The political process would have a strong focus on the implementation of the Doha Document for Peace in Darfur. This had now been incorporated in the Sudan Constitution. He said it contained useful provisions to address the underlying causes of conflict and help to create “peace dividends” for the population in Darfur. He underlined that activities for the protection of civilians in the greater Jebel Marra area would revolve around physical protection and emergency relief. For the rest of Darfur, the focus would be on livelihood issues and rule of law. With reference to the issue of inter-communal conflict, the Mission would prioritize conflicts that had the potential to cause the highest number of causalities and derail the political processes. Mr. Wane also noted that closer partnership with the United Nations Country Team could respond to Darfur’s seasonal migration and the need to extend rule-of-law institutions. He emphasized that successful reconfiguration of UNAMID required the full support and cooperation of the Government of Sudan and its institutions. It would be important to ensure there was no “security vacuum” in areas vacated by UNAMID.
The Sudan representative emphasized his Government’s readiness to cooperate fully with UNAMID, the African Union, the United Nations and other partners to ensure a smooth, phased and complete UNAMID exit that would set an example for other missions. On the question of internally displaced persons, he called attention to a Government plan entailing three options: voluntary return to their places of origin; the integration of camps into nearby cities; and enabling internally displaced persons to choose where they wished to be relocated. This would, however, require international financial resources and assistance. He said the actual number of displaced people was 1.8 million rather than UNAMID’s figure of 2.7 million. He also noted that 92% of Darfur was open to humanitarian access without authorization. Other speakers underlined the importance of removing explosive devices in order to ensure people’s safety, and protecting the most vulnerable; and emphasized that the Government and armed groups must continue to work on a peace process, as well as address the root causes of the conflict and the issue of returning internally displaced persons.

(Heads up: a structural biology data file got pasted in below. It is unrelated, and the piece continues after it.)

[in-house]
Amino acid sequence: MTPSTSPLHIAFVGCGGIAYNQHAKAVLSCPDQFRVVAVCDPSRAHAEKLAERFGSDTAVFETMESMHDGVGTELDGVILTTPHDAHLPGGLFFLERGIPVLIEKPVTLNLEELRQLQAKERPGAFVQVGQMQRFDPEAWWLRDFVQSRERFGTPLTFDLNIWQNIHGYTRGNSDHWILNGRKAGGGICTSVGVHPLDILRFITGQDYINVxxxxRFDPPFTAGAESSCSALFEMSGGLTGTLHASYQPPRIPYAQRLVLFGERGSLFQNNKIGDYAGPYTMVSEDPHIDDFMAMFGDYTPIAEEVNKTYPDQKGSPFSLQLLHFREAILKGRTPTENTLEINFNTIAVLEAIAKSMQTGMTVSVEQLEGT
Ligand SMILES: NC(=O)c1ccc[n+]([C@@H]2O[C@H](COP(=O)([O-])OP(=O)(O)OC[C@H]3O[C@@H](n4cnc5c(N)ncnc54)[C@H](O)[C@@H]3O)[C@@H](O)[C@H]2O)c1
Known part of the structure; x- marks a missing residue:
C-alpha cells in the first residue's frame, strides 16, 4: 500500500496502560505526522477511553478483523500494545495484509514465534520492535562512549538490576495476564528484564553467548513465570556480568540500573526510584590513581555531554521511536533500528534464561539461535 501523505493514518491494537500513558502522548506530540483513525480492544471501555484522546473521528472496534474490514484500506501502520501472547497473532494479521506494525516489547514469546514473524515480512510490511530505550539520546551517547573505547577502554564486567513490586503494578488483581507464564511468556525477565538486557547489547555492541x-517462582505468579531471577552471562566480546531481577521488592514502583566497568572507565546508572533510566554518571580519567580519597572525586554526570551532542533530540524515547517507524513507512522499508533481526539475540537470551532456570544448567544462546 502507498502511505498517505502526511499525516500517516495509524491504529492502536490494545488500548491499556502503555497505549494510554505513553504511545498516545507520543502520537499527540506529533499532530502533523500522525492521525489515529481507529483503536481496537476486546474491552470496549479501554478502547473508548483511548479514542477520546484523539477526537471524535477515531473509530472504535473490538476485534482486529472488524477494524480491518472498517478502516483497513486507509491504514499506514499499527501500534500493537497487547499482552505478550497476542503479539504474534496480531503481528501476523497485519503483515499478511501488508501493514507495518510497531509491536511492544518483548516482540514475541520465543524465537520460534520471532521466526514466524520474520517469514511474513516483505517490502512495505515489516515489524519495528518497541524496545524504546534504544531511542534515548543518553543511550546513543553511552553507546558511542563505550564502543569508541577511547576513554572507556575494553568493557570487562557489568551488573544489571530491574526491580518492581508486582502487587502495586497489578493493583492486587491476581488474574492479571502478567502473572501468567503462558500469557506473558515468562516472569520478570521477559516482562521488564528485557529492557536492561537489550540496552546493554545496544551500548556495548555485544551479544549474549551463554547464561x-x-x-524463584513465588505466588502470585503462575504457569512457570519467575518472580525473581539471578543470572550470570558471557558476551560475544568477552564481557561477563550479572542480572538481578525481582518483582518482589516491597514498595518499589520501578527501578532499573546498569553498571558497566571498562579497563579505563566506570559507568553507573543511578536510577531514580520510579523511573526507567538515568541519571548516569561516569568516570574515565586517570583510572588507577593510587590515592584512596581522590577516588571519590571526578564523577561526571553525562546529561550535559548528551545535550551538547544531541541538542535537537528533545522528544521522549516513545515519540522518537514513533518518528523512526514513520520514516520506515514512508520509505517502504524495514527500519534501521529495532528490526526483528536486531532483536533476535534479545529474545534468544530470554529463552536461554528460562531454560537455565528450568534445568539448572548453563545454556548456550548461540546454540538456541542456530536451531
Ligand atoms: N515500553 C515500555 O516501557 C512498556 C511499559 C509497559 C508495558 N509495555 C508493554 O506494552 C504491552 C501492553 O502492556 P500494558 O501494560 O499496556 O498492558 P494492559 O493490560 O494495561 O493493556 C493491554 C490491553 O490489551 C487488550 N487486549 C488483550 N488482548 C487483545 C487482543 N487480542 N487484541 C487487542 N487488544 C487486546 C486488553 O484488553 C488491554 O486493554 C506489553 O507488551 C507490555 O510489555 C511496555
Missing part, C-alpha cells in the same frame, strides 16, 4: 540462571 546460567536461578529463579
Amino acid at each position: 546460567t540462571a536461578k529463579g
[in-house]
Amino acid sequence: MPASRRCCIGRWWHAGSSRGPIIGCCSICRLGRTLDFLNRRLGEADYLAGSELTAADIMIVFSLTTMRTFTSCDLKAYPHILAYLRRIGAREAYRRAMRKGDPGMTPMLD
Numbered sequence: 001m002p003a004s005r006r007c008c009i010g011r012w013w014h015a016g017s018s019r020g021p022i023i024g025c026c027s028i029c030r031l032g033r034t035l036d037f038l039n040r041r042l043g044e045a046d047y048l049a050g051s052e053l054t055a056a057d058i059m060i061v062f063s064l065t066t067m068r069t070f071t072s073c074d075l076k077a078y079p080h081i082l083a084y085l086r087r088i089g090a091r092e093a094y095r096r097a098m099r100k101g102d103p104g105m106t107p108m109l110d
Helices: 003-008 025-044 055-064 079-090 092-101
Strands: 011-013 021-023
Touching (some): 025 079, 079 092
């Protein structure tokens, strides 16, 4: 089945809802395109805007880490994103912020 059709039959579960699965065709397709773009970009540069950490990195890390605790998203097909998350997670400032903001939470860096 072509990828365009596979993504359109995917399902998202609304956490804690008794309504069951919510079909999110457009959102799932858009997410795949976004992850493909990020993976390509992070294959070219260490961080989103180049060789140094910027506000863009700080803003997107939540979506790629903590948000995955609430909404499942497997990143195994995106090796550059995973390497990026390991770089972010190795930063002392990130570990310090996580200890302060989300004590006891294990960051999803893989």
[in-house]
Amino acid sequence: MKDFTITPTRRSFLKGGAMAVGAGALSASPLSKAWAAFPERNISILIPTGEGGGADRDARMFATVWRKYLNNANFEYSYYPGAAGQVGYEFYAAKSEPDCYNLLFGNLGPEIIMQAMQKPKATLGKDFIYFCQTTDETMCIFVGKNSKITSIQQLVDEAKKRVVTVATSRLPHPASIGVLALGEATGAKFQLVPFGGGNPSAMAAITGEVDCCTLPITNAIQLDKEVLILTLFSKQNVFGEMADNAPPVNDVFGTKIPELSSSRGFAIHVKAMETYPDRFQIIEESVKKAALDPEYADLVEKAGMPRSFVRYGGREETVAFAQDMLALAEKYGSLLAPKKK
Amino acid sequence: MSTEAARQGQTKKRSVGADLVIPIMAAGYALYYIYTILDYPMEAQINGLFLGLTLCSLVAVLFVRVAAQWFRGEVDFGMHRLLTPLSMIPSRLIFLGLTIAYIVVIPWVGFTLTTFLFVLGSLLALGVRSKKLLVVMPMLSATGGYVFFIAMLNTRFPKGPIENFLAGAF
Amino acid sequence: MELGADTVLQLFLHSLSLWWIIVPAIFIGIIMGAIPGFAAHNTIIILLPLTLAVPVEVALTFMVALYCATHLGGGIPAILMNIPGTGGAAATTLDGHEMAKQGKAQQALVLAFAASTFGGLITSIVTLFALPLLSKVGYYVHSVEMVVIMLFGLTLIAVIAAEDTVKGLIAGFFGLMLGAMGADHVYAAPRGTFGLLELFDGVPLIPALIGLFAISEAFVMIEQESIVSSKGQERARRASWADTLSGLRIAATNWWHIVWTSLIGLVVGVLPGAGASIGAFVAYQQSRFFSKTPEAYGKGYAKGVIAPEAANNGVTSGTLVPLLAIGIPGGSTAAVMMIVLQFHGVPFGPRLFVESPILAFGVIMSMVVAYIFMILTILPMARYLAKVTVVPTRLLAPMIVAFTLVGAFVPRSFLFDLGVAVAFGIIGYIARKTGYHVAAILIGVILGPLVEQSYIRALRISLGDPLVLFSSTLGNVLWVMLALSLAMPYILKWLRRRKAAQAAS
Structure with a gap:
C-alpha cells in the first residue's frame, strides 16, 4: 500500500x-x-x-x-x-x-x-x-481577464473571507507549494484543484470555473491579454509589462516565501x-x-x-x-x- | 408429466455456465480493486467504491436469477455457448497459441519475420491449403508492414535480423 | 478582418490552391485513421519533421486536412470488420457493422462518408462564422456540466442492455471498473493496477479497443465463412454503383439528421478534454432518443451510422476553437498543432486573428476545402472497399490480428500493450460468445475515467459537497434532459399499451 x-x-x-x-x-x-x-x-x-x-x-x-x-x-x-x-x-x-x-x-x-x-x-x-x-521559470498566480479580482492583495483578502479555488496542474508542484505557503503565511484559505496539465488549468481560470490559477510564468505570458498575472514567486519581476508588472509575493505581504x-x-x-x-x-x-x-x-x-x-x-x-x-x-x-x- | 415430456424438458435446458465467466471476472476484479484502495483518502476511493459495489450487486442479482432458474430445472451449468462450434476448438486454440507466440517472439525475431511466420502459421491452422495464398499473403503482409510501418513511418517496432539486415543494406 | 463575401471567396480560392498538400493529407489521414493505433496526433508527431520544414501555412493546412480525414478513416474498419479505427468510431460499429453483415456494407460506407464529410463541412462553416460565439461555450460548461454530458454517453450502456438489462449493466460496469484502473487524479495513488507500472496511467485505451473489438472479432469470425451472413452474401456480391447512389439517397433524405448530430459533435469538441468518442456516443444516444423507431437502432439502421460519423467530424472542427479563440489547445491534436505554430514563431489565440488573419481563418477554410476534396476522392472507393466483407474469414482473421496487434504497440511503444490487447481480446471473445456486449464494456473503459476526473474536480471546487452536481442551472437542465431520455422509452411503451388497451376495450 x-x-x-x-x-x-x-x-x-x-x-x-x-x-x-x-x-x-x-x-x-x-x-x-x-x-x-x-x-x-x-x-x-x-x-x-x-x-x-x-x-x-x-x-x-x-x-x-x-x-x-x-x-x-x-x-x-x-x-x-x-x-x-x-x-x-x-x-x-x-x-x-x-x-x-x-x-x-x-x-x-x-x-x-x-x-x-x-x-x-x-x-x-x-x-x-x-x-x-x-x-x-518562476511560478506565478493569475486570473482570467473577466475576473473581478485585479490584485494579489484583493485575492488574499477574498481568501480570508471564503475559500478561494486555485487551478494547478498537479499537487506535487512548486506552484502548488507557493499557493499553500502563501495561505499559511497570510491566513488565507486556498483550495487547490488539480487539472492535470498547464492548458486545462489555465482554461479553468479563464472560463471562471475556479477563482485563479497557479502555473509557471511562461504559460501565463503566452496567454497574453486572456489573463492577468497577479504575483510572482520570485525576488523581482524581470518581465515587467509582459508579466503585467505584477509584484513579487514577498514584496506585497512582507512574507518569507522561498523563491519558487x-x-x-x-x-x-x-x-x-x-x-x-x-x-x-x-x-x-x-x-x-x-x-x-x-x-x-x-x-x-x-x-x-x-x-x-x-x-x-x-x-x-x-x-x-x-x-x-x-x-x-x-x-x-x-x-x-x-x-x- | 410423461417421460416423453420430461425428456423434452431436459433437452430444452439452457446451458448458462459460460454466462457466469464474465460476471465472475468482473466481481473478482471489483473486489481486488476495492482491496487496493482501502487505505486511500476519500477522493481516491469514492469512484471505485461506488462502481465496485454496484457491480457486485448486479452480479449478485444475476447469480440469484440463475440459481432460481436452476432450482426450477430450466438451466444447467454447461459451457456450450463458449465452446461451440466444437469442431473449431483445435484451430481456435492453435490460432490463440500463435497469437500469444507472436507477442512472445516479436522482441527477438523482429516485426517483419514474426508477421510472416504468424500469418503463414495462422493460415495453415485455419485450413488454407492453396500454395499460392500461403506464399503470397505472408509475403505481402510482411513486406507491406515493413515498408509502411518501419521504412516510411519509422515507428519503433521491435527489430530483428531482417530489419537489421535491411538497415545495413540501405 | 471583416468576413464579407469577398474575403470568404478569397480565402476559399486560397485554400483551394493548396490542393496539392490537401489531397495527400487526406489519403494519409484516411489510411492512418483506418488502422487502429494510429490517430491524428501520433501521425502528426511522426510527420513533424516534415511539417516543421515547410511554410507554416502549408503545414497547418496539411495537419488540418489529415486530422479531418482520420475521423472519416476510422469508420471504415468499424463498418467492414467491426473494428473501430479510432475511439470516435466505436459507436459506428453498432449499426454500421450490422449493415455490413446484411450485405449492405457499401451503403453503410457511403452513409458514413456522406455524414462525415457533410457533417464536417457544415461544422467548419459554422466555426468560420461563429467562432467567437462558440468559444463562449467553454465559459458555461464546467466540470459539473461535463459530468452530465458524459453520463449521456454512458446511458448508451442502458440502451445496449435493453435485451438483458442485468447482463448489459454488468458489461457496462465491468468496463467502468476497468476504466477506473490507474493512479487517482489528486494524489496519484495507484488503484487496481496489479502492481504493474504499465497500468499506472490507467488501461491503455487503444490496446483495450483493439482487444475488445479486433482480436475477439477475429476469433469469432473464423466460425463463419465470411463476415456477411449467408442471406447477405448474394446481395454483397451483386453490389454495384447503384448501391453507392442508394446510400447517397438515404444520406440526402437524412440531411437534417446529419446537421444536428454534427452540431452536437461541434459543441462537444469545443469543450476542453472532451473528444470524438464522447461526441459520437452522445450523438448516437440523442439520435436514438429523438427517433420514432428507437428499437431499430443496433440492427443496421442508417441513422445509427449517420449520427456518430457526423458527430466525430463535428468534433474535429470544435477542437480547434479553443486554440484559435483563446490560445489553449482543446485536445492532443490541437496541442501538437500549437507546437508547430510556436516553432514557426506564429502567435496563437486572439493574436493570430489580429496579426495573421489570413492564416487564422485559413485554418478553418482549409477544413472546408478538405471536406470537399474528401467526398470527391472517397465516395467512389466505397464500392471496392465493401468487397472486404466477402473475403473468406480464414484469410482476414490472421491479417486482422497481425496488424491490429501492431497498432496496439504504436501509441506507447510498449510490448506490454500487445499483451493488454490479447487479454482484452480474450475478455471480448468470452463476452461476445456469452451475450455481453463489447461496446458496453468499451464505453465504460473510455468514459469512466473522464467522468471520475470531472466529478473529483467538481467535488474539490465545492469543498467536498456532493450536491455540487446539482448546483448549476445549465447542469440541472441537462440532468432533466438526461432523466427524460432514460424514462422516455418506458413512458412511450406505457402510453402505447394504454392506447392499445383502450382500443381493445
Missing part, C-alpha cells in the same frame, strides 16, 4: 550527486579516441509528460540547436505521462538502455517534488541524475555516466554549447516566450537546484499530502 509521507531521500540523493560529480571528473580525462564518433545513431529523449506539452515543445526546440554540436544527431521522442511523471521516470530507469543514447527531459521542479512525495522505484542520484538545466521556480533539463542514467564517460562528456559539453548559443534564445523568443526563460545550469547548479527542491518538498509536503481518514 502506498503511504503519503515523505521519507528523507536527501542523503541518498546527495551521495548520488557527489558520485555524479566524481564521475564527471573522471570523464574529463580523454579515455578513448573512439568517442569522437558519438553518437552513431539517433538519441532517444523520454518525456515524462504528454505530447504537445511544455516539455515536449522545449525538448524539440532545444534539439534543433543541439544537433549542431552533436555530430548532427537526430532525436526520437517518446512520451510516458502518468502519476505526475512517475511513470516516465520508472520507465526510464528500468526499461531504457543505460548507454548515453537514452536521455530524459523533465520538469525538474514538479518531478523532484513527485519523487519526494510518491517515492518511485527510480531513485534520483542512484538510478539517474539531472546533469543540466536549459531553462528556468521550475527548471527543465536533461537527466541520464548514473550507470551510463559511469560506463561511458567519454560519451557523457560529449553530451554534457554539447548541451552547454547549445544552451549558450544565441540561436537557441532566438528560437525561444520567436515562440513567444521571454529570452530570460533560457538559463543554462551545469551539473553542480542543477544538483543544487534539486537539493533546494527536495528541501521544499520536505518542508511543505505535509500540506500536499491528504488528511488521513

UN Security Council extends UN Assistance Mission in Somalia
The UN Security Council unanimously decided to extend the mandate of the United Nations Assistance Mission in Somalia (UNSOM) until March 2018 on Wednesday (June 14). Under resolution 2358 (2017), the Council underlined the importance of UNSOM’s support for Somalia’s political process and encouraged interaction between the Mission and civil society at the national and regional levels.
The resolution underlined the importance of UNSOM’s support to the political process, including its assistance to the peace and reconciliation process, particularly for consolidation of State-formation, for mediation in conflict, and for the constitutional review processes as well as in improving accountability of Somali institutions and support for the preparation of inclusive, transparent one-person, one-vote elections in 2021. It requested UNSOM to provide strategic advice in support of a comprehensive approach to security and to support implementation of Somalia’s National Strategy and Action Plan for Preventing and Countering Violent Extremism. In this context, the resolution welcomed the agreement in April to integrate regional and federal forces into a coherent National Security Architecture and the swift establishment of the National Security Council and National Security Office. It also welcomed the launch of Somalia’s National Strategy and Action Plan for Preventing and Countering Violent Extremism. It encouraged the commitments of international partners to provide additional and more effective support for mentoring, training, equipment, capacity-building and remuneration of police and military forces.
The resolution welcomed the conclusion of the electoral process in Somalia and the election of President Mohamed Abdullahi Mohamed, the swift appointment of a Government, the increased representation of women in Parliament and Government, and the increased participation and representation of the people of Somalia in the electoral process. It underlined the importance of formalizing the status of the federal member states as soon as possible, and the commitment of the federal Government of Somalia and federal member states to reach an agreement on outstanding constitutional issues. The resolution also encouraged the Federal Government to fulfill its commitment to sound, transparent and accountable financial management and to fully implement the Action Plan of its Human Rights Road Map and establish its National Human Rights Commission.